Latest update: July 1st, 2013
(Written in commemoration of the second anniversary of the destruction of Gush Katif.)
I stood outside the Nitzan Caravilla site on a warm summer afternoon and watched the golden hay being baled. The heavy machinery grinded loudly and spat out large, square sweet-smelling bales.
As I stood silently and stared, I was once again a small five-year-old child with big brown eyes and short, curly brown hair, clutching my mother’s hand tightly on a Shabbat afternoon in Chandler, Arizona. After the Shabbat morning meal, my family would always go on a walk to Desert Breeze Park. On the way there, when the season was right, we would stop and watch the hay being baled. My father would watch with a grin and a sparkle in his green eyes, explaining the hay baling process to us. My mother would be cheerfully amused, and my siblings and I would stare with wide-eyed wonder.
Time passed, and with God’s help my family made aliyah to Neve Dekalim, Israel. Agriculture was different there. Vast, rolling gray hothouses took the place of open fields. Bug-free vegetables and beautiful flowers took the place of stalks of hay. Golden sand dunes and small communities replaced the urban sprawl. Only the summer heat remained the same. I wasn’t sorry for the change – nor was my family. We grew and blossomed in lovely Gush Katif.
More time passed. Every paradise has to have its snake, and Gush Katif was invaded by several nasty vipers. The second Intifada burst out: roadside shootings, roadside bombs, attempted Arab infiltrations, mortars, Kassam rockets, Jews injured, Jews killed…
We learned to live under the shadow of Arab terror. We were hurting, and our wounds were raw and open and bleeding. But we persevered. We smiled bravely and dug our roots deeper into the sandy soil.
And then the second viper showed its fangs. The Arabs were plucking our flowers when our Jewish government announced its desire to uproot us. The smile froze on our faces and our hearts were heavy. We set out to struggle. It was a long struggle, a brave struggle. There were demonstrations, a human chain, a Likud referendum in our favor, orange streamers, prayer vigils, street-blocking…
But the government won. And the Jewish nation lost. We were quickly uprooted, our houses destroyed. The Arabs smiled maliciously and paraded victoriously among the ruins.
And then the people of Gush Katif were forced into two years of wandering. They traveled to Jerusalem. And from Jerusalem they dispersed to a great many locations, for their numbers were vast and the government did not know where to place them. And from Jerusalem they wandered as far south as Be’er Sheva and as far north as the hills of the Galilee and the Golan.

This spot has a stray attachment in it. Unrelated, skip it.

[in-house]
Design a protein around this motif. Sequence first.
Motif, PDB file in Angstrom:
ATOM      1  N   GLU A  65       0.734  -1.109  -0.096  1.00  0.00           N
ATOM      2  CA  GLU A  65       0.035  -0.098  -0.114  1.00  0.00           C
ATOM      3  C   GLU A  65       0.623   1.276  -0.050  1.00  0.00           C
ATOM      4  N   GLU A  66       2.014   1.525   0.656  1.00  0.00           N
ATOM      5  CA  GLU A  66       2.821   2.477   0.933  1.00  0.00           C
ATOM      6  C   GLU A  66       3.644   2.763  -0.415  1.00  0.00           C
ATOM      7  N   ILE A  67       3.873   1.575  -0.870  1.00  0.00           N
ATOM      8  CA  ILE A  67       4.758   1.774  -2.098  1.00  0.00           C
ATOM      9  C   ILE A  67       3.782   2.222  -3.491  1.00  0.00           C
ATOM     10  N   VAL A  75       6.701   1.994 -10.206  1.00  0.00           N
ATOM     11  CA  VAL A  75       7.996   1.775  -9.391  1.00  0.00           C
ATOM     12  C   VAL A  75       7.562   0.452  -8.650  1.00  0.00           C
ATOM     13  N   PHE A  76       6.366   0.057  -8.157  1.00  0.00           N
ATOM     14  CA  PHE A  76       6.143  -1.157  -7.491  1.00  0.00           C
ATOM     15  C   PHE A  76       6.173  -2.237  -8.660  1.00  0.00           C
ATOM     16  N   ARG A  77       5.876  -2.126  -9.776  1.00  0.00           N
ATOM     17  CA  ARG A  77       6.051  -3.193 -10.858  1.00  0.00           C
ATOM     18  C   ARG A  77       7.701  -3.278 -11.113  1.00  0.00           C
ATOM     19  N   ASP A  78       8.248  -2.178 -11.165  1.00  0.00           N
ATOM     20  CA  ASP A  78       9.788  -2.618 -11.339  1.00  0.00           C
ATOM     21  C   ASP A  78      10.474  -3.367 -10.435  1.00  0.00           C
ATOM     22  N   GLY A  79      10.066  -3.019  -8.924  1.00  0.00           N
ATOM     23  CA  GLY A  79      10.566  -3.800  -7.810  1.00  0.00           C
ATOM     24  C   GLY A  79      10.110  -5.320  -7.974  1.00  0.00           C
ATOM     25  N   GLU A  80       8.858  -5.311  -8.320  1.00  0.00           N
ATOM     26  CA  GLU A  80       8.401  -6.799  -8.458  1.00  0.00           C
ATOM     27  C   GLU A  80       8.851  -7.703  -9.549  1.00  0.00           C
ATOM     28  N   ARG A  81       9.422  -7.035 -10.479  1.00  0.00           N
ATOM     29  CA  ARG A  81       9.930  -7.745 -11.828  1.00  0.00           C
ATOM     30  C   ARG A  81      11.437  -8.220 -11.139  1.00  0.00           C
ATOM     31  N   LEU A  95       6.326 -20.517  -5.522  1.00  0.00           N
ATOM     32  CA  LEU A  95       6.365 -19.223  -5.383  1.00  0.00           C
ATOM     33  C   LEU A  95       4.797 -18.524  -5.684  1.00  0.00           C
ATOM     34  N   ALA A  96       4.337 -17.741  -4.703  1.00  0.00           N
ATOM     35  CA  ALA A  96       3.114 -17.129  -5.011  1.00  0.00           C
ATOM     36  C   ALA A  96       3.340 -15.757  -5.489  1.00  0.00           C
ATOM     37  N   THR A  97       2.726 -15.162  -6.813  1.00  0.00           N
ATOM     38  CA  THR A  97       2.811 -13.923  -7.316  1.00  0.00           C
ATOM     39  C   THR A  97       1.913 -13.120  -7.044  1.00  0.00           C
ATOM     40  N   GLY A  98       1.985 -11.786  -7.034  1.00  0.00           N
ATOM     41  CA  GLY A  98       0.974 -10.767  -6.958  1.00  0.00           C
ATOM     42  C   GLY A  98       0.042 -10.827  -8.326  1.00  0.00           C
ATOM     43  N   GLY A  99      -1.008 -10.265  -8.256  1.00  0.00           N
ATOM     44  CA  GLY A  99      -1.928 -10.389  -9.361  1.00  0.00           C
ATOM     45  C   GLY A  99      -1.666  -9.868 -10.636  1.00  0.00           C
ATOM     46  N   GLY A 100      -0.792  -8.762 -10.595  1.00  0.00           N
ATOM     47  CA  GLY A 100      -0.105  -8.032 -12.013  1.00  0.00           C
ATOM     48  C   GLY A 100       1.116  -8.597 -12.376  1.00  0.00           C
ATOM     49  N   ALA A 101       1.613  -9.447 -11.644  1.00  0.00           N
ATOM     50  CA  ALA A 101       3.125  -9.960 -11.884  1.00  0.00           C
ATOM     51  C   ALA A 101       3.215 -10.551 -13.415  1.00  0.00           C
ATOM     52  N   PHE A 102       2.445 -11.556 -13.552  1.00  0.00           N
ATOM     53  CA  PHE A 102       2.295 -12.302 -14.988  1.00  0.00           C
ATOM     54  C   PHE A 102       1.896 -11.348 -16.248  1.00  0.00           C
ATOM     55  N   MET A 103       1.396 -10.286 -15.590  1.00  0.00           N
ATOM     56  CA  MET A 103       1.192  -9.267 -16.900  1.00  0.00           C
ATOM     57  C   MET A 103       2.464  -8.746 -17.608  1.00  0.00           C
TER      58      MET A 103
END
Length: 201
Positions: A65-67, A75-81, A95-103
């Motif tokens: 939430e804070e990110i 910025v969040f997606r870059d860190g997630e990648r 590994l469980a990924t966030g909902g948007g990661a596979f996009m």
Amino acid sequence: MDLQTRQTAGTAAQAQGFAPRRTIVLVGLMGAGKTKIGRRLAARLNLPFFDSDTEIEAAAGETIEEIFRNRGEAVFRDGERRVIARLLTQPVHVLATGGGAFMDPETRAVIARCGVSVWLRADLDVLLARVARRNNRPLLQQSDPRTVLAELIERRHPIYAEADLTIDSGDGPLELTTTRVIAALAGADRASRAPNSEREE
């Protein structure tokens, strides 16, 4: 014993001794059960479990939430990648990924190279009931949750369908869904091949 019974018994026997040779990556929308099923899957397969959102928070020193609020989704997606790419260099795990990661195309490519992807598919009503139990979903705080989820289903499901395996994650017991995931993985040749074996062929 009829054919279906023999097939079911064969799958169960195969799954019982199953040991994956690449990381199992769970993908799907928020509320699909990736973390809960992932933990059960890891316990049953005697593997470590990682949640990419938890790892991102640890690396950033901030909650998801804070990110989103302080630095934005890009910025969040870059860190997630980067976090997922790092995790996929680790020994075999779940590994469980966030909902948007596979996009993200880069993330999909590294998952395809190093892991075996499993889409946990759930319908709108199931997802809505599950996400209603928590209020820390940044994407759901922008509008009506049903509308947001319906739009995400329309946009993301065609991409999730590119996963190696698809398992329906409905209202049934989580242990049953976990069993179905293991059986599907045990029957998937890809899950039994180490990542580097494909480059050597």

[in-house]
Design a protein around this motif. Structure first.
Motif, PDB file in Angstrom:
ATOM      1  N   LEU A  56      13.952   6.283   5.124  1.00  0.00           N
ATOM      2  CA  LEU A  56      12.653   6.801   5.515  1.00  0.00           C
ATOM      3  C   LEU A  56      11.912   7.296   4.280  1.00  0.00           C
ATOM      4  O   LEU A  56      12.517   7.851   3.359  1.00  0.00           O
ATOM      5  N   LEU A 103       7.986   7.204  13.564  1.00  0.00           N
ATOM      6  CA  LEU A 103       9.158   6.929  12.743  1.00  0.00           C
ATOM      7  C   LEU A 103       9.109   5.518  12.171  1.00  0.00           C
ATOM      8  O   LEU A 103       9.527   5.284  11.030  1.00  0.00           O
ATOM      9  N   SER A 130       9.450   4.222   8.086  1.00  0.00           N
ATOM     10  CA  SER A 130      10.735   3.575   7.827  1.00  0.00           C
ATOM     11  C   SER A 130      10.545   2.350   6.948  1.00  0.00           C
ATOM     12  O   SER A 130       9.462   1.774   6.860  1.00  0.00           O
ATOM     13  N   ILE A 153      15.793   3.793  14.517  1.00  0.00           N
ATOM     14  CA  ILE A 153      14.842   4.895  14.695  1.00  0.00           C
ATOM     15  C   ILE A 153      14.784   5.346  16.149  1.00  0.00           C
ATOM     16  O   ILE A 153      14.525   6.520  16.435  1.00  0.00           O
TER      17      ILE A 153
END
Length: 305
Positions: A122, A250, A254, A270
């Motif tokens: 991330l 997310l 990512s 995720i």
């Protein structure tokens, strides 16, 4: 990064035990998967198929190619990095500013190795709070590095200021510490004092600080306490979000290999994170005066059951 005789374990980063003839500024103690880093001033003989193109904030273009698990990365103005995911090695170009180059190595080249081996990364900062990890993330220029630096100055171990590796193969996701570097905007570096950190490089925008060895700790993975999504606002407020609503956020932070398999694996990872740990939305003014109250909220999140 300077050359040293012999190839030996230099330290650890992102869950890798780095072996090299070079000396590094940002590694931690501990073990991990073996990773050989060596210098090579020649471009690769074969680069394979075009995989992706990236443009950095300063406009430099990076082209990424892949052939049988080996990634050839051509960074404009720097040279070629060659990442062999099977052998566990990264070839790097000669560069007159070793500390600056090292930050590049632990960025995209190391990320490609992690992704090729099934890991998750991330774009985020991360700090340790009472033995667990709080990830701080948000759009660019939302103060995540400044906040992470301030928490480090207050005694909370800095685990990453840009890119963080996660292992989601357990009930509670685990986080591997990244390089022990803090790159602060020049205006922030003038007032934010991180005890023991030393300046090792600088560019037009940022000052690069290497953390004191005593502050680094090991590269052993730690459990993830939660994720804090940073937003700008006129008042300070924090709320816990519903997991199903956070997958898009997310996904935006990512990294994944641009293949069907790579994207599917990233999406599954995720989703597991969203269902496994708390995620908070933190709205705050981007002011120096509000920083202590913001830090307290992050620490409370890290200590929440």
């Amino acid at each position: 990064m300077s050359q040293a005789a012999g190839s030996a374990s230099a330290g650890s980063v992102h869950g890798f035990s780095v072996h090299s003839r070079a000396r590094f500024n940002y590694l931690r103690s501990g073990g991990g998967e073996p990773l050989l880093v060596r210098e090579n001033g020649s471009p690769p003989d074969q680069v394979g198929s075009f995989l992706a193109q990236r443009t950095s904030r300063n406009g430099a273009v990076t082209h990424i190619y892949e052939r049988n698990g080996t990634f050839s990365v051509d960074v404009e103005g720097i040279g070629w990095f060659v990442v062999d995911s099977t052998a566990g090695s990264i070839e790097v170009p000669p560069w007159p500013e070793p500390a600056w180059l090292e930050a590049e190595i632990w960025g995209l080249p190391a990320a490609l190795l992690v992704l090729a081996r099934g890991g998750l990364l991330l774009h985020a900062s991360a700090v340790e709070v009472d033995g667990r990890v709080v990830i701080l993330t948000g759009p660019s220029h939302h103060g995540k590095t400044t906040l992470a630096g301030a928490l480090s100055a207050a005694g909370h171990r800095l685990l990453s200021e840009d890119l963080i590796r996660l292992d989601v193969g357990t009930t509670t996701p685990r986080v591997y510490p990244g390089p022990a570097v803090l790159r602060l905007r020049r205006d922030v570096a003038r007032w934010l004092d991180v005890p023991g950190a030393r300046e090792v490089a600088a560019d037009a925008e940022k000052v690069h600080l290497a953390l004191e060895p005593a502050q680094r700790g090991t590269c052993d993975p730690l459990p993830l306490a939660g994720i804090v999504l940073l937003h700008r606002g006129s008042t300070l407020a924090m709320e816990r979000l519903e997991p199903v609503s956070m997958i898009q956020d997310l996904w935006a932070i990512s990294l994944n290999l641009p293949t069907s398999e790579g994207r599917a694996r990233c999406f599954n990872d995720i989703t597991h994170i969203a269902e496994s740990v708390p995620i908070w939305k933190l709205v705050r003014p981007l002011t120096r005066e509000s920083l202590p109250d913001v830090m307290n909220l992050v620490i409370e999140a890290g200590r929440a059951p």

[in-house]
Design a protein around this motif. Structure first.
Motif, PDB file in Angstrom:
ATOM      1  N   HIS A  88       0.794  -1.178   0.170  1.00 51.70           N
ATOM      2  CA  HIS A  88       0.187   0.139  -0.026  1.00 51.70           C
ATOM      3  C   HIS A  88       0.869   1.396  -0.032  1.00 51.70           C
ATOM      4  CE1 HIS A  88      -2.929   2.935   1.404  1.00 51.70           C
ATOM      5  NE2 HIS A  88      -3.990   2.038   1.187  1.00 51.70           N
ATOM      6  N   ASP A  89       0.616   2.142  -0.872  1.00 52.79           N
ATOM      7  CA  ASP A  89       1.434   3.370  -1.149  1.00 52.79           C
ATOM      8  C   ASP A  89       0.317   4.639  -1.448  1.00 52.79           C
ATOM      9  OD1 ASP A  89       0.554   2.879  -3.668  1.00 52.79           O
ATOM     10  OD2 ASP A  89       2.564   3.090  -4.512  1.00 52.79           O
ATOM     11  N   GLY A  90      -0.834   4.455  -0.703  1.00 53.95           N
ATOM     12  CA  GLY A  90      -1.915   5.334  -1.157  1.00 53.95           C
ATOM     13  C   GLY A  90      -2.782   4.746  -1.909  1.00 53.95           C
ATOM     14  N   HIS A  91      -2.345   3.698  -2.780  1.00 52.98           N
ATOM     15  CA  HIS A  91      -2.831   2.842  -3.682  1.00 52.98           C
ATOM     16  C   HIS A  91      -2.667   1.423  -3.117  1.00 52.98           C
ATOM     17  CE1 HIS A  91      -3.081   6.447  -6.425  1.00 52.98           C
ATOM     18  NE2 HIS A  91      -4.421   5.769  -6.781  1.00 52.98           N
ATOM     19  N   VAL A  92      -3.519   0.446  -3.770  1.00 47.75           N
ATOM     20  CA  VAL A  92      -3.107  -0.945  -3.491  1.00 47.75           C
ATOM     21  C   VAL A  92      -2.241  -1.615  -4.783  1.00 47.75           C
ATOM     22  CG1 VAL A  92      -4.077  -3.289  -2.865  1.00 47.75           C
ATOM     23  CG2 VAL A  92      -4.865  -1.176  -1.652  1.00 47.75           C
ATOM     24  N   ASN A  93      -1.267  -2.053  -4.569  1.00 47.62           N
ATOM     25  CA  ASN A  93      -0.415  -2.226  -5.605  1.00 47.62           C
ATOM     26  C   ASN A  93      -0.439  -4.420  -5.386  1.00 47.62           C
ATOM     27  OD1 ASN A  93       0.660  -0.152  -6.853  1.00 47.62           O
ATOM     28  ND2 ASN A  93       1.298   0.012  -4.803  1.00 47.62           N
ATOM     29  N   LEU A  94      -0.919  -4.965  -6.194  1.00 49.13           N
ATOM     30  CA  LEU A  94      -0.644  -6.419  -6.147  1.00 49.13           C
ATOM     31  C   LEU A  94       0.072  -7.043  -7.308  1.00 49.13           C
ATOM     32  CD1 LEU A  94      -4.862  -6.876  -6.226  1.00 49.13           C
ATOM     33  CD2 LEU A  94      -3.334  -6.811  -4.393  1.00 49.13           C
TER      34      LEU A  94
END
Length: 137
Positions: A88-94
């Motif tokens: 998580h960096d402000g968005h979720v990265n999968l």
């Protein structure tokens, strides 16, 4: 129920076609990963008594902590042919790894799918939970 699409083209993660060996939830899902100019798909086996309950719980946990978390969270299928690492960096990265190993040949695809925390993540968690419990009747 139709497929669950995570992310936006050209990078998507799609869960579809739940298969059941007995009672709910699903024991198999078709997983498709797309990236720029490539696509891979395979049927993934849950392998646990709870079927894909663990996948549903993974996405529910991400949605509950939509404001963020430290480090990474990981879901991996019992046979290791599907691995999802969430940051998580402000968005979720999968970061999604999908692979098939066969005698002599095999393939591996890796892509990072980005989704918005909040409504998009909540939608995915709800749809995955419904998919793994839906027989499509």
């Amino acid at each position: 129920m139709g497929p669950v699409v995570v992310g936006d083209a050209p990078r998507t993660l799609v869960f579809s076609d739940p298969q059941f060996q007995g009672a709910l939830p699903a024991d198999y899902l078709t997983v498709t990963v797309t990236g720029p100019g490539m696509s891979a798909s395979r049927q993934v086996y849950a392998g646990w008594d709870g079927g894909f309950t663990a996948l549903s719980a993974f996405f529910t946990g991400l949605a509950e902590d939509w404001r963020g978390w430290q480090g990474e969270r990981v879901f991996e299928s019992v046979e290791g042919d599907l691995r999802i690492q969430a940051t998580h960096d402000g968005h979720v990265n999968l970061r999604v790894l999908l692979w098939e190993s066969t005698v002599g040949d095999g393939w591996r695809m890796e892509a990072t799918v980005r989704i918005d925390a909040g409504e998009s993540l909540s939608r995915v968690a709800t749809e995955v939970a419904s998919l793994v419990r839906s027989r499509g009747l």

Eventually they settled in numerous, temporary Caravilla sites. And they were sad, and they were weary, and they cried unto Hashem. And slowly, slowly they gathered strength. They recalled the five years of hardship they had borne in Gush Katif. They remembered their fallen and the joyful faces of their foes. And they refused to be beaten. And if one listens, one can once again hear the determination in their voices and their visions for the future.
So I stand and stare at the hay being baled outside the Nitzan Caravilla site. It’s a lovely day; the sun is shining, the sky is blue and the golden hay is being gathered. And, for a bit, I allow myself the luxury of taking a trip along memory lane.
My brown eyes smile and my hair blows in the wind. And despite the pre-fab Caravillas, the high unemployment, the corrupt government and the national security problems – despite all, I laugh, enjoying a golden moment.
It’s been a very long journey from the hay fields of Arizona to the hay fields of Nitzan. And we’ve been temporarily banned from paradise. But this little girl has grown up – with strong roots in the past and fervent hope for the future.
About the Author: Shifra Shomron is the author of “Grains Of Sand: The Fall Of Neve Dekalim” (2007, Mazo Publishers), available at http://myvoiceinisrael.insightonthenews.net/?page_id=20.
If you don't see your comment after publishing it, refresh the page.
Our comments section is intended for meaningful responses and debates in a civilized manner. We ask that you respect the fact that we are a religious Jewish website and avoid inappropriate language at all cost.
If you promote any foreign religions, gods or messiahs, lies about Israel, anti-Semitism, or advocate violence (except against terrorists), your permission to comment may be revoked.